I have MS and have been Paleo for 3 years. I have experimented with the candida diet, Wahls protocol and now Aip again for the second time. I see a functional dr who has transitioned from conventional medicine. He ran a lot of tests on me such as allergy and stool , neurotransmitters etc. he is treating me know for candida with suppliments. He doesn’t stress much in diet. I felt much better with my MS symptoms but my digestion has become so bad that emerging I eat gives me gas and bloating . I kept a good hour and still do but can’t pinpoint what’s wrong. I am so frustrated and depressed. paleo / aip is difficult and I feel like I should not feel worse.. In the beginning my digestion did not feel worse . Why after 3 years is this happening now. I exercise , meditate and get the proper rest . Could I have SiBo? Never been tested for that. Is leaky gut the same as SiBo or Candida? I am so confused.The allergy test I had a couple years ago showed I was allergic to more than I was not allergic to. I tried to not eat the stuff that I was allergic to based off of the test but that didn’t work either. Sorry for the long sob story. I just want someone to point me in the right direction. I have spent thousands to no avail. I am desperate for answers. I know you come across a lot of people and interview a lot of people maybe you would know the right person to help treat me? Thanks you kindly . Blessings Nikki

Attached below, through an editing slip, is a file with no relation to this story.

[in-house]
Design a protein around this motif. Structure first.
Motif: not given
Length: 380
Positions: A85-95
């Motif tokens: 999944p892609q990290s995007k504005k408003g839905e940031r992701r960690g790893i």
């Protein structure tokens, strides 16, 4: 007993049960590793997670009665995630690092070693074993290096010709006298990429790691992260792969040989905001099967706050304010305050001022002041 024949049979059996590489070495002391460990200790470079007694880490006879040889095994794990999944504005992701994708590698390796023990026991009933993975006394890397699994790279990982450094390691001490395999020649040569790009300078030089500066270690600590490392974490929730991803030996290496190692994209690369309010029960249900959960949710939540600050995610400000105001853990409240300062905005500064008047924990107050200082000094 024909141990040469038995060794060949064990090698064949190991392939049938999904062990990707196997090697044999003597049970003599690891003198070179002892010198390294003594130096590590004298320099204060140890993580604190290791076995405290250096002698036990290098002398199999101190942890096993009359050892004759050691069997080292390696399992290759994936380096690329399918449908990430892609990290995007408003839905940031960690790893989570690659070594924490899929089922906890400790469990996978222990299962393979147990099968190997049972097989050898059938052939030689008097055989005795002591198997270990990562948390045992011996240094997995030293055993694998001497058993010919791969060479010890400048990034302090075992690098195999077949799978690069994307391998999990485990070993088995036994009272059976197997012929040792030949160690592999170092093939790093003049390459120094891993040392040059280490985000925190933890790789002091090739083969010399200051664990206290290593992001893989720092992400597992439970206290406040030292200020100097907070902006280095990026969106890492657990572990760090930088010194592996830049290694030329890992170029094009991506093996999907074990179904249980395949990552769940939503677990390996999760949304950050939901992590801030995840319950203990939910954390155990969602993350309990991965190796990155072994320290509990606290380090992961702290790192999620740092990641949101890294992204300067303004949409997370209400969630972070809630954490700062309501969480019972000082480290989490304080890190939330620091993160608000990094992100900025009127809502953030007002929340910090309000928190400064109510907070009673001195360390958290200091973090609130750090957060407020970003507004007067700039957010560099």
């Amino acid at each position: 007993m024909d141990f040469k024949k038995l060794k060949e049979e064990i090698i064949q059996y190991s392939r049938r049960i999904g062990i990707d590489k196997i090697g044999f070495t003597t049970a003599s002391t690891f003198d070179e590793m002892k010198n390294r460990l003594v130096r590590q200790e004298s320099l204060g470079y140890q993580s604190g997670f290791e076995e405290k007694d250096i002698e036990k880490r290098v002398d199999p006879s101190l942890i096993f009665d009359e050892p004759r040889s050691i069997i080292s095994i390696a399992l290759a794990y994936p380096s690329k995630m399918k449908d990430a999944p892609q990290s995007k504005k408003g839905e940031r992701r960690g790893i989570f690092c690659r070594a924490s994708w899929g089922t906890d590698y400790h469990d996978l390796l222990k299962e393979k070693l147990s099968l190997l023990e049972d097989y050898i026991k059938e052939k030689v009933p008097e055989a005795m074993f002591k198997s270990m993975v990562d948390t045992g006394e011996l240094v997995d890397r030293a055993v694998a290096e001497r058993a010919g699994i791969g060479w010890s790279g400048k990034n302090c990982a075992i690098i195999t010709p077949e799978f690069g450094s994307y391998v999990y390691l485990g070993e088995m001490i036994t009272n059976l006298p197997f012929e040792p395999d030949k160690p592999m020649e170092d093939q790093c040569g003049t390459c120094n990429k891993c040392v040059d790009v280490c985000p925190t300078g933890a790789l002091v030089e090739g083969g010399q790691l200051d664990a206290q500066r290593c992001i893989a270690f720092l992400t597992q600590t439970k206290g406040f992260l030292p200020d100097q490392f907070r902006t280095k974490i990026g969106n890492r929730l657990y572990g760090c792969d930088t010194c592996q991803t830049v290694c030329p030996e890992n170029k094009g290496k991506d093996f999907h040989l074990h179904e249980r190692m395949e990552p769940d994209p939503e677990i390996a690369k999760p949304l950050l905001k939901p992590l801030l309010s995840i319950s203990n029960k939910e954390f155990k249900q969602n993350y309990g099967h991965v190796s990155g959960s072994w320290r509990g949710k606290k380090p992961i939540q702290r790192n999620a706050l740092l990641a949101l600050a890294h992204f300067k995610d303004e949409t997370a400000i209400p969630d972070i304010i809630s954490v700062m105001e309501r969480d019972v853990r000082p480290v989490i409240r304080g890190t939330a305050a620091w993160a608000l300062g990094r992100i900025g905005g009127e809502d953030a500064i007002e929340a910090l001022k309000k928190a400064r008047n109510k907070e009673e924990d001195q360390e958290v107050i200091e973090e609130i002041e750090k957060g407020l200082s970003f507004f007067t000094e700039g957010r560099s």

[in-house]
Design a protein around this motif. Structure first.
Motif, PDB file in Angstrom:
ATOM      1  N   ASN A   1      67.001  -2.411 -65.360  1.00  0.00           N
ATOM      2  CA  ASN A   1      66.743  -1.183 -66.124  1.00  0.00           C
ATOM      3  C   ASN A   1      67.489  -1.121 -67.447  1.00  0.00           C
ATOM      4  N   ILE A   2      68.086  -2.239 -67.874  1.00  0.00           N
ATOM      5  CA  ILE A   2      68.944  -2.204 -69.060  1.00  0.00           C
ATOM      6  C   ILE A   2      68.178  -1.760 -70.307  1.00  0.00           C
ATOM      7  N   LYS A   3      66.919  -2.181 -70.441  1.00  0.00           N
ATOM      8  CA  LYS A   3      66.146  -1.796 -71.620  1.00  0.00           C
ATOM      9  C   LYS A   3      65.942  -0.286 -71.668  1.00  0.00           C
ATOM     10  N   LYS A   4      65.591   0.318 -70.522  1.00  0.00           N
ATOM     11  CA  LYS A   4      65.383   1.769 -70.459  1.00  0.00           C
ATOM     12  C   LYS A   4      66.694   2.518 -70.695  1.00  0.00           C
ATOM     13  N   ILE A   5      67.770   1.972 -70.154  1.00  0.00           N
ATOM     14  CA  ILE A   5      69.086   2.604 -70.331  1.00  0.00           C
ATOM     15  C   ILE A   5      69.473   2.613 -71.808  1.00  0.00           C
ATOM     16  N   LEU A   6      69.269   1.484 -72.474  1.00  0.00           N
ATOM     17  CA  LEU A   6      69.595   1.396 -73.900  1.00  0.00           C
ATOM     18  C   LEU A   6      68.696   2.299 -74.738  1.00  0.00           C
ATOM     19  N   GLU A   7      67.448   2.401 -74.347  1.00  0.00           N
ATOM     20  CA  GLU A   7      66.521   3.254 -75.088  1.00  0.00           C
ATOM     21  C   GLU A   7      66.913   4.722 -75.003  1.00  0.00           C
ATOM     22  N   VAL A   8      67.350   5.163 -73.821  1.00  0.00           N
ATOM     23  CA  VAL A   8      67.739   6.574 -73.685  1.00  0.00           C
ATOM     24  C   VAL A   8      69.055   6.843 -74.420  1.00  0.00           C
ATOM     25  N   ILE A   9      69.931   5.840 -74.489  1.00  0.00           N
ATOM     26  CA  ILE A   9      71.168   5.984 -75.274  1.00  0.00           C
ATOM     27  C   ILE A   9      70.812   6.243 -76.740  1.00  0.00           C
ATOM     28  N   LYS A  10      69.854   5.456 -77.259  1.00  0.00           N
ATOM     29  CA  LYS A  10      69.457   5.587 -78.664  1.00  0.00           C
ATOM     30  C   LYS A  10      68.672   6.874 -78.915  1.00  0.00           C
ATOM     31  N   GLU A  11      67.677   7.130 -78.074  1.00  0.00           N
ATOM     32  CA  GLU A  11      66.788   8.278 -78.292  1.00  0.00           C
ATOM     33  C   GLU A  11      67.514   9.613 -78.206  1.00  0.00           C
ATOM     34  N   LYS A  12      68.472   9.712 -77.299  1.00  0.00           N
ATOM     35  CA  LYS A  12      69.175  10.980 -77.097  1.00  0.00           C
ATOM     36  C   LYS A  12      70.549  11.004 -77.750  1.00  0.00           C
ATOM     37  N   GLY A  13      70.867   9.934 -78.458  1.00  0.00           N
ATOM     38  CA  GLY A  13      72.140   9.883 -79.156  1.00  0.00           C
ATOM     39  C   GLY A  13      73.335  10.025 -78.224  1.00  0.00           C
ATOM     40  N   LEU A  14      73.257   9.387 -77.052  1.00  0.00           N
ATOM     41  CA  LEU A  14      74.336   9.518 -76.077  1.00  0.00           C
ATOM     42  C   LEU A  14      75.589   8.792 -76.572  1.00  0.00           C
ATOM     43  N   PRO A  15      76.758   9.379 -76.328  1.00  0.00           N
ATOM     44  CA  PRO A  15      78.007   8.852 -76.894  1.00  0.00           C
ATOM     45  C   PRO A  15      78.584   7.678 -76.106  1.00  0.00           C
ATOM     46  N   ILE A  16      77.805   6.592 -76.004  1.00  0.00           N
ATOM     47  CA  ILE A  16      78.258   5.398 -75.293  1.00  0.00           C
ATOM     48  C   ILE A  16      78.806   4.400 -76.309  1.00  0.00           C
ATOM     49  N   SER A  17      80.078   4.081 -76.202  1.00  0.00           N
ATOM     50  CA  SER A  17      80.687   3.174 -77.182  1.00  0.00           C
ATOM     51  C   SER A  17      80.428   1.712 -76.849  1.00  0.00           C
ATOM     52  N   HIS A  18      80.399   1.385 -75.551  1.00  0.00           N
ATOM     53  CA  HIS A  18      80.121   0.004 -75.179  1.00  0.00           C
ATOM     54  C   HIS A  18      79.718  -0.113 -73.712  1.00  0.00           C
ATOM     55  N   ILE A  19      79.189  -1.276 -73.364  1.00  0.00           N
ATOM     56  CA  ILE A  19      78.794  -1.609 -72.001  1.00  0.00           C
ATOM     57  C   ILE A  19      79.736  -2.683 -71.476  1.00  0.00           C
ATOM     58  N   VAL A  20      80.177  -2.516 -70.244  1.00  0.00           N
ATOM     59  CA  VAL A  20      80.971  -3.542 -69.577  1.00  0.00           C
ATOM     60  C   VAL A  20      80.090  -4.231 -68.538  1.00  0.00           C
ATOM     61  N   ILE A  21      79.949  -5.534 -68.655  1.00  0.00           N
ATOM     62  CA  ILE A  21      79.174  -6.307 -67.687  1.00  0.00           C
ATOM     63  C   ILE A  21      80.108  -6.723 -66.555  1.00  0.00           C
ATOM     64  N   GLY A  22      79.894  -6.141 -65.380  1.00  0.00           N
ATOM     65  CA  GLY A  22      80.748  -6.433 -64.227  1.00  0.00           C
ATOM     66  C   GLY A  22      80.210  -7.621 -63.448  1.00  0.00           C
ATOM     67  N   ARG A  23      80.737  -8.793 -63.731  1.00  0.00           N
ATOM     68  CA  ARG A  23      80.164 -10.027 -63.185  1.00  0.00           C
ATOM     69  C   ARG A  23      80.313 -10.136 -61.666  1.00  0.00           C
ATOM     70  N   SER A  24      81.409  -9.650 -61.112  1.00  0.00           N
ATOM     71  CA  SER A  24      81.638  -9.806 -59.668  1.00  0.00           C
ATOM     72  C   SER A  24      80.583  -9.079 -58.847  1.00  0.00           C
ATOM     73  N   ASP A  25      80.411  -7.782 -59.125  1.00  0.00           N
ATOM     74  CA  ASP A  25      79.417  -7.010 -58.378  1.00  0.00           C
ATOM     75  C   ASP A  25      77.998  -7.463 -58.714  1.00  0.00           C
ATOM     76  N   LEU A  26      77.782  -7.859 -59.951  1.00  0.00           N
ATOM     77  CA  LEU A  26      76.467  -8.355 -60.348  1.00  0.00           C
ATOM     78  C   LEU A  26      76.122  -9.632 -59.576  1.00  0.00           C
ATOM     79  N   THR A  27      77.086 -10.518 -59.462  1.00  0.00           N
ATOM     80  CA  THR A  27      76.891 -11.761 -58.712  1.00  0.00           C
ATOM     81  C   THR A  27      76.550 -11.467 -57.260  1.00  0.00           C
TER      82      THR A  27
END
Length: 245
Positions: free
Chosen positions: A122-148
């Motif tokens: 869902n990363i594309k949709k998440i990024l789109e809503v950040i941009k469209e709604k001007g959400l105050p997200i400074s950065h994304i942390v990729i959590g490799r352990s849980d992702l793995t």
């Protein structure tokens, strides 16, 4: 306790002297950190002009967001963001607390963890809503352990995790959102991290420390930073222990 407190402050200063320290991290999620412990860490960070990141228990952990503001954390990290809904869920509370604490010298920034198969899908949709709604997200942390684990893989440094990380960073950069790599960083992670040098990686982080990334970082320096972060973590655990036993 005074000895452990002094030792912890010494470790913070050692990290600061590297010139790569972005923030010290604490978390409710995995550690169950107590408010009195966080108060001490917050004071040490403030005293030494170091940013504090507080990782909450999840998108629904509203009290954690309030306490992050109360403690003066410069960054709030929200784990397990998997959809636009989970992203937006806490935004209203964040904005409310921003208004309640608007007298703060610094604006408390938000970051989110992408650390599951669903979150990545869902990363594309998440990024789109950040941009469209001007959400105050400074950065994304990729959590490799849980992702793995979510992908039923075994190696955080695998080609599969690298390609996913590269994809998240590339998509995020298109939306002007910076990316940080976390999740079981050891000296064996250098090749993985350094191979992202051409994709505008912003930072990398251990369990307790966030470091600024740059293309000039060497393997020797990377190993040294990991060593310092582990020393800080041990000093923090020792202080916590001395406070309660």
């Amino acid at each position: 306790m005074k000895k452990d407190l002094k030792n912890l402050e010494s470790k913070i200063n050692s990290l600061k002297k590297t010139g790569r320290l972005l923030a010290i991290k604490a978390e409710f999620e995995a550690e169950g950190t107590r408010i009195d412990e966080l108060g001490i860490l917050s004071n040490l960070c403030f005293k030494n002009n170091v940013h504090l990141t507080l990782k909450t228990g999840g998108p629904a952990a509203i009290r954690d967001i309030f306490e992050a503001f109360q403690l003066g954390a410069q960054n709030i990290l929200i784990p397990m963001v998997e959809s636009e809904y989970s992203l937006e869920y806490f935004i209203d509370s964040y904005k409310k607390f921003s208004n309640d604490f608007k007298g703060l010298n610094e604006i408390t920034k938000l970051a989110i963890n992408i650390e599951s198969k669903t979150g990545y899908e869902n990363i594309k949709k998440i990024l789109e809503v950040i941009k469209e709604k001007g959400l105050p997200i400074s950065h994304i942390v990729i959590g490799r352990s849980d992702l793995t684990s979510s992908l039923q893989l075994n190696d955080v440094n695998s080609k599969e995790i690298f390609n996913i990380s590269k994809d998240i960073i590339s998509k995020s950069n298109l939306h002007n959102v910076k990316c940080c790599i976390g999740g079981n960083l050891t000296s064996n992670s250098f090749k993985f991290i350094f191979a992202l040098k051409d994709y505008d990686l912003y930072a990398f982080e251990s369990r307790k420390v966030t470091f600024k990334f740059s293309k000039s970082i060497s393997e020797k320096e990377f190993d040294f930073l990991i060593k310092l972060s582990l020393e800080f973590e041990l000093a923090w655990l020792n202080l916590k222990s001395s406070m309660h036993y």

1. Oh, Nikki. I’m so sorry! That does sound really frustrating. It doesn’t sound like he’s a great functional medicine practitioner. Allergy/intolerance tests are notoriously unreliable. Diet should always be the foundation of a good practitioner’s recommendations. And SIBO is something most good practitioners look for right away. Have you subscribed to my blog or podcast? Next weekend, my podcast will feature an interview with Dr. Michael Ruscio, and the topic is going to be infections and autoimmune disease. He’s a very well respected practitioner and works with people via Skype, if you want to try consulting with him.